2014 marks a fresh start, a blank page for many as does every New Year. 2014 also ushers in change and the mortgage industry will have plenty of it. You see, 10 short days into 2014 monumental government regulations will be effective. Many feel these new rules drastically change how home loans are originated. However, not much of anything is changing.
How Does 2014 Change a Home Loan?
Dodd Frank regulations are effective starting January 10, 2014. Now, mortgage lenders must meet new underwriting standards. The Ability to Repay and Qualified Mortgage sections of Dodd Frank top the list of things industry experts are losing sleep over.
For example, the Ability to Repay Rule lists a new max debt to income ratio of 43%. 43% is below pre-2014 max debt to income ratios. Lenders worry about this causing issues for many home-buyers trying to qualify for a new loan.
I too would be worried if the 43% debt to income ratio was a final end all/be all Dodd Frank ruling. However, a second Dodd Frank rule permits debt to income ratios to exceed 43%.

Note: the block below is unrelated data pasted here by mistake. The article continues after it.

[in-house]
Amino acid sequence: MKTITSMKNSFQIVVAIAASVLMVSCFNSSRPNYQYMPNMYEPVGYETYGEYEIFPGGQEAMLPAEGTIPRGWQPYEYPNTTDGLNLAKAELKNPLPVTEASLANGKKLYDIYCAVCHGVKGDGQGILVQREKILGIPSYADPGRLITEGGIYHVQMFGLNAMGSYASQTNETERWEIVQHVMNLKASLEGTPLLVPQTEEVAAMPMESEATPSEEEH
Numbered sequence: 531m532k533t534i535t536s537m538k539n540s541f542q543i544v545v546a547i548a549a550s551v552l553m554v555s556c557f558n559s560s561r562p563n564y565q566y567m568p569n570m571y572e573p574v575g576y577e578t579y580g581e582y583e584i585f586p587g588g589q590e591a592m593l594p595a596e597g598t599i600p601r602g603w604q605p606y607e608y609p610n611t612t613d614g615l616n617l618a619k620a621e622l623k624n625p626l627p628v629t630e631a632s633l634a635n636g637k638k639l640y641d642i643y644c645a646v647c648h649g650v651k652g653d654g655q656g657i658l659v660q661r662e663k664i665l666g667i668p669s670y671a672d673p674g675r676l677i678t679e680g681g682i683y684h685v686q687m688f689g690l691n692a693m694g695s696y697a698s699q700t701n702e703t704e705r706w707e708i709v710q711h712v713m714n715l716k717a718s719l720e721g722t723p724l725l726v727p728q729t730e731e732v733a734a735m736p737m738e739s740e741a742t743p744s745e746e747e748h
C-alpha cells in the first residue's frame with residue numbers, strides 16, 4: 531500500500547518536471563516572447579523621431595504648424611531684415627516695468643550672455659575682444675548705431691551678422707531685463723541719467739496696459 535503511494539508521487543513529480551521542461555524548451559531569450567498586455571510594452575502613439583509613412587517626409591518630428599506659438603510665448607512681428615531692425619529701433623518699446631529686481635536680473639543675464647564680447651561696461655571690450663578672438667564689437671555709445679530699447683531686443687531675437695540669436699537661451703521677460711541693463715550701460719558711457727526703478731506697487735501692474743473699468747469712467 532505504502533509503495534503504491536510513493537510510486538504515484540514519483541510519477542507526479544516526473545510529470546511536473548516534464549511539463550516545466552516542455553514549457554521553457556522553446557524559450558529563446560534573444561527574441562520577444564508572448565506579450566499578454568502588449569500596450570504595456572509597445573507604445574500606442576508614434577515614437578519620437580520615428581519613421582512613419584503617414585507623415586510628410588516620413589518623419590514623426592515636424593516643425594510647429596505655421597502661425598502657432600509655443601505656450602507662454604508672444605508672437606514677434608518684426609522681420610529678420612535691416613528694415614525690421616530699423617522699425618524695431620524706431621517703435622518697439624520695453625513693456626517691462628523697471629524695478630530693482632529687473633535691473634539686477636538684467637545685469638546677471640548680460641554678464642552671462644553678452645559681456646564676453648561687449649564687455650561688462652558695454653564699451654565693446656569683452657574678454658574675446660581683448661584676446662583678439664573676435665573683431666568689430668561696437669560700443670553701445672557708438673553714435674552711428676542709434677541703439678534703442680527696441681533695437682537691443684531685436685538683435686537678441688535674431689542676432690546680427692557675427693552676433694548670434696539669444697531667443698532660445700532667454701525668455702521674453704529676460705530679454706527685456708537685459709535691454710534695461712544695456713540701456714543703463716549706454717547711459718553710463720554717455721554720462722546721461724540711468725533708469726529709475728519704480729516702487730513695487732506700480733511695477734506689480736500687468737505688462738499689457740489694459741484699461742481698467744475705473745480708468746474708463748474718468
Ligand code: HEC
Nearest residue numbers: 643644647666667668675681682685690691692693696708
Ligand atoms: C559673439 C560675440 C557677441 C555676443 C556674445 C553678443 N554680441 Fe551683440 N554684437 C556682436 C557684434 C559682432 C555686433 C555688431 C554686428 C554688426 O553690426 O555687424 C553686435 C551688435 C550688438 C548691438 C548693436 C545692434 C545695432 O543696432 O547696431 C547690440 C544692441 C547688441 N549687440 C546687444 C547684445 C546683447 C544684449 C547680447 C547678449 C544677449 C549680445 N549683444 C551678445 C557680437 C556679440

Temporary QM Makes All the Difference
There is a second rule which provides flexibility for 7 years after Dodd Frank’s effective date. Temporary QM Rules allow lenders to use debt to income ratios they have been for years after Dodd Frank is in play. Temporary QM lets a mortgage lender use current (pre-Dodd Frank) FHA, VA, USDA and Conventional debt to income ratios. The key criteria? Lenders must receive an automated mortgage approval. This exception lasts for 7 years after Dodd Frank is effective or:
- When Fannie Mae and/or Freddie Mac are phase out (whichever comes first)
- When FHA, USDA, VA implement their own Qualified Mortgage rules (whichever comes first)
On January 10, 2014 not much changes. Many of the guidelines outlined in the Dodd Frank Act are in line with what mortgage lenders have been doing for years.
By Jeremy House